Kratom: What are the health effects?

Reported health effects of kratom use include:

  • nausea
  • itching
  • sweating
  • dry mouth
  • constipation
  • increased urination
  • loss of appetite
  • seizures
  • hallucinations

Symptoms of psychosis have been reported in some users.

Kratom: Can a person overdose on it?

There have been multiple reports of deaths in people who had ingested kratom, but most have involved other substances. A 2019 paper analyzing data from the National Poison Data System found that between 2011-2017 there were 11 deaths associated with kratom exposure. Nine of the 11 deaths reported in this study involved kratom plus other drugs and medicines, such as diphenhydramine (an antihistamine), alcohol, caffeine, benzodiazepines, fentanyl, and cocaine. Two deaths were reported following exposure from kratom alone with no other reported substances.

In 2017, the FDA identified at least 44 deaths related to kratom, with at least one case investigated as possible use of pure kratom. The FDA reports note that many of the kratom-associated deaths appeared to have resulted from adulterated products or taking kratom with other potent substances, including illicit drugs, opioids, benzodiazepines, alcohol, gabapentin, and over-the-counter medications, such as cough syrup.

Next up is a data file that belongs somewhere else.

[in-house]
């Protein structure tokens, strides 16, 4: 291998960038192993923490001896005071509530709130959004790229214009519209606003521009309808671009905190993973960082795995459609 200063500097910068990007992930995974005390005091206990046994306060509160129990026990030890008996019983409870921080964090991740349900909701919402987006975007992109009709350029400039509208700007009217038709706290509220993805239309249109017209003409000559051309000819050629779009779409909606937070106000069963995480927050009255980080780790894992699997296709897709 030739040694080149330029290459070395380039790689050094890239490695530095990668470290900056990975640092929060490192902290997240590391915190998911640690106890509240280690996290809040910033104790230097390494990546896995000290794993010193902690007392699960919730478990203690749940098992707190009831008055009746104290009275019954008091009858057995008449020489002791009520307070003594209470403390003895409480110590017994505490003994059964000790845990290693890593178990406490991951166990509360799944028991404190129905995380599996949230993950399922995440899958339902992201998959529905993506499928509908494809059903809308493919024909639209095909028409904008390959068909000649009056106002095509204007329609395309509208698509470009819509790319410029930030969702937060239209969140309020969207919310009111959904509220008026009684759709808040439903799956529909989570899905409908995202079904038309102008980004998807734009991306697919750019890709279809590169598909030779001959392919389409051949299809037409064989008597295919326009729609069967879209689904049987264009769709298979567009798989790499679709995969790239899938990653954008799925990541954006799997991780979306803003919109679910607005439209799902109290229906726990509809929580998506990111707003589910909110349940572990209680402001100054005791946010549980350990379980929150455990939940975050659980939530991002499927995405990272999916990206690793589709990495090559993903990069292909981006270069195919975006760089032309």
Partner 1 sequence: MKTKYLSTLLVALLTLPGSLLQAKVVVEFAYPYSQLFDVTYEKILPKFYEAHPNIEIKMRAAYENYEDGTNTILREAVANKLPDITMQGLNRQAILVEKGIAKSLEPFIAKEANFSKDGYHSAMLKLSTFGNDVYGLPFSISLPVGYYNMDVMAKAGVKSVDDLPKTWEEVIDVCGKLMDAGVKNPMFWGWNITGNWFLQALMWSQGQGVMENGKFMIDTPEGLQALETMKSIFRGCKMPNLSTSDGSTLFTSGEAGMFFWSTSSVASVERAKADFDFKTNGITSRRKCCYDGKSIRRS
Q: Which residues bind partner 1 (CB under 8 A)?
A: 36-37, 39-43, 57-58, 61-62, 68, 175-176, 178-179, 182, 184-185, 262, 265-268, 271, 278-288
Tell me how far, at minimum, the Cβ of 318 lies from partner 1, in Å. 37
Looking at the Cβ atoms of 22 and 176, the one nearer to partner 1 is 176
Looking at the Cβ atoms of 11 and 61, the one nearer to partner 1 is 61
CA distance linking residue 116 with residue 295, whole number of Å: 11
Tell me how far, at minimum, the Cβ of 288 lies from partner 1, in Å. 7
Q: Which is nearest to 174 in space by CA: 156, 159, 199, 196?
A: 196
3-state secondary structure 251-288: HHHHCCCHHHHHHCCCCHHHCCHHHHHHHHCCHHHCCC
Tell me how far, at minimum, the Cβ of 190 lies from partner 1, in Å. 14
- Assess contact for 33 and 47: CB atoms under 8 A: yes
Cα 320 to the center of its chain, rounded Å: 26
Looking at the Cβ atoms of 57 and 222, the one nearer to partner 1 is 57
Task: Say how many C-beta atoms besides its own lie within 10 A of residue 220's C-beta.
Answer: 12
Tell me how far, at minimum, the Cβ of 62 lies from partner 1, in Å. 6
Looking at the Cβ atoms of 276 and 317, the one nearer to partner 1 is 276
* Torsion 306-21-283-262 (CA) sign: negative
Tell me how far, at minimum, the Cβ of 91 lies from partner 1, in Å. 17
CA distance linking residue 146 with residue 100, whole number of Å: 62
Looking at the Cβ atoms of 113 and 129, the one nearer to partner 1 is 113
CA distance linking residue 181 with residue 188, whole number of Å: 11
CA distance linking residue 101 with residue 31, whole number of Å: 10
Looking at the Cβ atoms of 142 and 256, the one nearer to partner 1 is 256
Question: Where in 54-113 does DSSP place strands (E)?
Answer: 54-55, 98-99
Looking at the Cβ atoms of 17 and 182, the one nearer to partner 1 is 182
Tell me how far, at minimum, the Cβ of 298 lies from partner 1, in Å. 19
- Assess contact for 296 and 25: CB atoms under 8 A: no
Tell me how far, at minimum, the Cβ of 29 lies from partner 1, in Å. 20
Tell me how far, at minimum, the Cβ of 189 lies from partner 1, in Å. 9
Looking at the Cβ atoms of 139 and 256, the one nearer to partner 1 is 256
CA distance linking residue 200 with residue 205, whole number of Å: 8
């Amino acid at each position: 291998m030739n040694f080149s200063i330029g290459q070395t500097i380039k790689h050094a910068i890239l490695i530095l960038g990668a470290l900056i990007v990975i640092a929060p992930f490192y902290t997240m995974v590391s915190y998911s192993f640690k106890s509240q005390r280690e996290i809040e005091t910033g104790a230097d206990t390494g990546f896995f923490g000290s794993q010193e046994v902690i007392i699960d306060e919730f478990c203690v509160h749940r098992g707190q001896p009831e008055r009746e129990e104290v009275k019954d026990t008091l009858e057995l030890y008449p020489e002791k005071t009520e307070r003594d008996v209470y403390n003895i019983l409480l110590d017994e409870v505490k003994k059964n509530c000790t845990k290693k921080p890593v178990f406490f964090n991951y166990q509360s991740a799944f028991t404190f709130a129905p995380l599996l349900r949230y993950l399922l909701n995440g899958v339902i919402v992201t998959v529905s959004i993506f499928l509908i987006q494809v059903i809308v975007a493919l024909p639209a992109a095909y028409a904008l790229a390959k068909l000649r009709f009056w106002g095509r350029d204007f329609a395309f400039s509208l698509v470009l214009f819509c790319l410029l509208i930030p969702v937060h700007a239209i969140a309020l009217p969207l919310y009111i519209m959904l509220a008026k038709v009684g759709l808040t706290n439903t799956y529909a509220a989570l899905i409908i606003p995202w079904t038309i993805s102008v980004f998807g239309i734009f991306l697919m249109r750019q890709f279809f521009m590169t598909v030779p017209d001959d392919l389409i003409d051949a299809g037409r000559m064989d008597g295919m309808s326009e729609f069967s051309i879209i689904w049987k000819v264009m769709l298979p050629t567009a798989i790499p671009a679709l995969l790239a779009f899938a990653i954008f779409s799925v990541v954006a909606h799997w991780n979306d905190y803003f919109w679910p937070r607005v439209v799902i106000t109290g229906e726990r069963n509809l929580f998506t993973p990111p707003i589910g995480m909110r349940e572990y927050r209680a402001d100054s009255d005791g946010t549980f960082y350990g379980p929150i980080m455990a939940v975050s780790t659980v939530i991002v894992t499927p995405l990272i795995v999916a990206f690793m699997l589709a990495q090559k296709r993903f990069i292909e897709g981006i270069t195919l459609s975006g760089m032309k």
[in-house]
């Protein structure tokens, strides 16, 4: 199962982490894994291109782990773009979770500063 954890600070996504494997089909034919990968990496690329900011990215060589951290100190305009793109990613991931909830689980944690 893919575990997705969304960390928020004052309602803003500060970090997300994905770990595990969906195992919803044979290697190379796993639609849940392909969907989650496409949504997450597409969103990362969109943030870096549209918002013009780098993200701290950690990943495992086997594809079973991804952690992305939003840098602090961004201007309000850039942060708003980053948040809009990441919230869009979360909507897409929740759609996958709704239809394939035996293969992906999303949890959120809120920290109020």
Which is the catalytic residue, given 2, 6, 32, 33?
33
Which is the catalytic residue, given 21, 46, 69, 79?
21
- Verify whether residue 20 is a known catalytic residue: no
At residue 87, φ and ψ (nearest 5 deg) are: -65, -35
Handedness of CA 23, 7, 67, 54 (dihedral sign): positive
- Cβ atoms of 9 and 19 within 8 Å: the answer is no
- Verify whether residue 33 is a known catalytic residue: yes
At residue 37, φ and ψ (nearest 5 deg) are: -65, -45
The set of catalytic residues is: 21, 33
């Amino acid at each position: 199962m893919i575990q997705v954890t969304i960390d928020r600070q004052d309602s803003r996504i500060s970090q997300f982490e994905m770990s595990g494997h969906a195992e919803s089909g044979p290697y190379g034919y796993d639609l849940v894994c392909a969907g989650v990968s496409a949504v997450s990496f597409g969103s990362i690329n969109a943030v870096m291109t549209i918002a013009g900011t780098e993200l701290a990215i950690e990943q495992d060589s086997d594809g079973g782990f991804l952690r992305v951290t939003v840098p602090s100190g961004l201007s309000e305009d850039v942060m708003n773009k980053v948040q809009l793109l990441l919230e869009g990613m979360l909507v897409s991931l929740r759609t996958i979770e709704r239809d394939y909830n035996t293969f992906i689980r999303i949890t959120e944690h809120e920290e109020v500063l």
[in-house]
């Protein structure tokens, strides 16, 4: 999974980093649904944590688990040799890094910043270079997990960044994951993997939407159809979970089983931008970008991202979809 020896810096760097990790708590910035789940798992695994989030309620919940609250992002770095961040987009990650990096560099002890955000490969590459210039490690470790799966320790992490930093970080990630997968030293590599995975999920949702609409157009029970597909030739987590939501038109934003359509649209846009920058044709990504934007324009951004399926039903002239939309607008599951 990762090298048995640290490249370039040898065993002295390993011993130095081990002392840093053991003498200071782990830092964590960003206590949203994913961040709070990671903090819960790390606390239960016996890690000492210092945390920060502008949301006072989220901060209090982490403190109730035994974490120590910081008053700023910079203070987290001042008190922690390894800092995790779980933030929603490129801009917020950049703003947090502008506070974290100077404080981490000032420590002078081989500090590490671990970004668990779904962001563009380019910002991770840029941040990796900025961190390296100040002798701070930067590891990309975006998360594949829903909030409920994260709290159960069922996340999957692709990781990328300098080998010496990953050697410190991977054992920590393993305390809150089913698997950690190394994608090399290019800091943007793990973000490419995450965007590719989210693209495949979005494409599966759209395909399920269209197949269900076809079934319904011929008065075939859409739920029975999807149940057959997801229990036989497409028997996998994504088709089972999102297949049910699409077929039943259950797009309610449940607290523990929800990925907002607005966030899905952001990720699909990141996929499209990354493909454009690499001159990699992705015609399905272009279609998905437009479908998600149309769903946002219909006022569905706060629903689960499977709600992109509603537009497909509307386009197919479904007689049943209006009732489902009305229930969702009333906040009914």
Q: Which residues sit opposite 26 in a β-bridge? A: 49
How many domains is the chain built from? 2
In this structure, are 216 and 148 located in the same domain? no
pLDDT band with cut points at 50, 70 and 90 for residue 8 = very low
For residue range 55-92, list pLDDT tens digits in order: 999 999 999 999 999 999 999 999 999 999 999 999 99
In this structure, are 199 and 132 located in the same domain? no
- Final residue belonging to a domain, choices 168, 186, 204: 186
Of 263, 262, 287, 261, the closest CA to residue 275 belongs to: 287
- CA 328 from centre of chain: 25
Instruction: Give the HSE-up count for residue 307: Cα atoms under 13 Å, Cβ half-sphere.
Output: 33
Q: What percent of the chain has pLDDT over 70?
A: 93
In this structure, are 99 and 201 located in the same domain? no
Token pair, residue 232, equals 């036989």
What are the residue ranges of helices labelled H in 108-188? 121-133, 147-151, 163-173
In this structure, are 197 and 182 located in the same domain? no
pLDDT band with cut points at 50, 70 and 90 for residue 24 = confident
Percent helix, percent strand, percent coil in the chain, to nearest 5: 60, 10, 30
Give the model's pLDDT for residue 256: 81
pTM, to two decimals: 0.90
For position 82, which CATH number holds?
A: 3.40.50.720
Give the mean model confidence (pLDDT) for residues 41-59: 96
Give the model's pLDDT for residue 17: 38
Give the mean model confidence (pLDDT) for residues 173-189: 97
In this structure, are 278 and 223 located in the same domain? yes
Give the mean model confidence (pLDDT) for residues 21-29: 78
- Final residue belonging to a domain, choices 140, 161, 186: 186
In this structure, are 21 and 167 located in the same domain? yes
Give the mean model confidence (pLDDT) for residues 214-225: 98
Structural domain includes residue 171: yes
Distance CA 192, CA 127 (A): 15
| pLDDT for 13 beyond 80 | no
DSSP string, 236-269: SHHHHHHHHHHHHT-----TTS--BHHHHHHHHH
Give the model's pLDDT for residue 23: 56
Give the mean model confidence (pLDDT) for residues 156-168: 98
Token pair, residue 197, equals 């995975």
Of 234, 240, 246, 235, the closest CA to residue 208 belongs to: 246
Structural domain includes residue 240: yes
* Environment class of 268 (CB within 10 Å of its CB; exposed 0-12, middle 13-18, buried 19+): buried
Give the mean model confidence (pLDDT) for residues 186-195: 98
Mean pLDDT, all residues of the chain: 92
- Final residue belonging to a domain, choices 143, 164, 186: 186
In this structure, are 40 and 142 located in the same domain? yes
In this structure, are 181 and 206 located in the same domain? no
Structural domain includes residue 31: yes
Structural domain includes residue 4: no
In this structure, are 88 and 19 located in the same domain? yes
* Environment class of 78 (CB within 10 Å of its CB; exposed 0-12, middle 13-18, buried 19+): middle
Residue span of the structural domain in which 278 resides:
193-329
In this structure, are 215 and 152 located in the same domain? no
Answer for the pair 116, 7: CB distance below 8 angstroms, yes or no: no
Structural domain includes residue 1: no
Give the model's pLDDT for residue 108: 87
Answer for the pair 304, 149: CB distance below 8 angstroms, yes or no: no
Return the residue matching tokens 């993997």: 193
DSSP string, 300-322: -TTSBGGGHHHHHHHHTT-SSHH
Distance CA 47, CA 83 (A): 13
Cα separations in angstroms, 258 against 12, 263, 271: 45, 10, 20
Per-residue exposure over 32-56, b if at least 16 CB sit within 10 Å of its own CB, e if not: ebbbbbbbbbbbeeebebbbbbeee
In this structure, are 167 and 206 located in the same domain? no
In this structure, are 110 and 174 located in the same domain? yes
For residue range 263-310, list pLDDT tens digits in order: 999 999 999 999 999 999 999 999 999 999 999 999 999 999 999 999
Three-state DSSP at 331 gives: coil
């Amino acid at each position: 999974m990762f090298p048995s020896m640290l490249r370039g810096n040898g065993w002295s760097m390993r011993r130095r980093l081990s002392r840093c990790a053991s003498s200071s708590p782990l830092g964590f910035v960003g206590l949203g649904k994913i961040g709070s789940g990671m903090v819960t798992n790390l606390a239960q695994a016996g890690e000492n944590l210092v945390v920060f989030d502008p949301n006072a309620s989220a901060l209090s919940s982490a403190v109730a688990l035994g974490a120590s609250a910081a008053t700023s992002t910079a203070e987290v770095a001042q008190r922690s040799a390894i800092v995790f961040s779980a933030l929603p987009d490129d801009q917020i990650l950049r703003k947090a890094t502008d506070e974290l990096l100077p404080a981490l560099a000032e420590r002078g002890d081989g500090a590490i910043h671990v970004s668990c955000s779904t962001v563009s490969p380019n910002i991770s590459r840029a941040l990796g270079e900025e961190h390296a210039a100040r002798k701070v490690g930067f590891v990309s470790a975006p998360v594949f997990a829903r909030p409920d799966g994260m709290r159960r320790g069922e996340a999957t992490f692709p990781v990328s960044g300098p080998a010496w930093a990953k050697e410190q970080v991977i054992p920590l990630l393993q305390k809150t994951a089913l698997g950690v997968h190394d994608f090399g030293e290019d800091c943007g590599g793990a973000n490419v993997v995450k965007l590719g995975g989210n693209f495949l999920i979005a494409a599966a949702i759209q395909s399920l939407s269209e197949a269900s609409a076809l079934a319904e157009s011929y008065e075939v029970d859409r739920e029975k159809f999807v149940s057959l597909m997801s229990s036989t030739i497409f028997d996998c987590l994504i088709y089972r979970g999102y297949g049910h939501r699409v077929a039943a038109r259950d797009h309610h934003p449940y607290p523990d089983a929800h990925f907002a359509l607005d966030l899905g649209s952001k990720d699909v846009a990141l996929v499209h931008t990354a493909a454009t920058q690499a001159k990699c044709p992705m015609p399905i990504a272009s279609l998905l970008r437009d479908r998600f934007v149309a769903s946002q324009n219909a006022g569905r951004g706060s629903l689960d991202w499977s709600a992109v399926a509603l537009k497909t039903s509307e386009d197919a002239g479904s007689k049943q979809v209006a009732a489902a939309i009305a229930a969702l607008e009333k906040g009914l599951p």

Also, there have been some reports of kratom packaged as dietary supplements or dietary ingredients that were laced with other compounds that caused deaths. People should check with their health care providers about the safety of mixing kratom with other medicines.

Kratom: Is it addictive?

Like other drugs with opioid-like effects, kratom might cause dependence, which means users will feel physical withdrawal symptoms when they stop taking the drug. Some users have reported becoming addicted to kratom. Withdrawal symptoms include:

  • muscle aches
  • insomnia
  • irritability
  • hostility
  • aggression
  • emotional changes
  • runny nose
  • jerky movements

Kratom: How is addiction treated?

There are no specific medical treatments for kratom addiction. Some people seeking treatment have found behavioral therapy to be helpful. Scientists need more research to determine how effective this treatment option is.

Kratom: Does it have any medicinal value?

In recent years, some people have used kratom as an herbal alternative to medical treatment in attempts to control withdrawal symptoms and cravings caused by addiction to opioids or to other addictive substances such as alcohol. There is no scientific evidence that kratom is effective or safe for this purpose; further research is needed.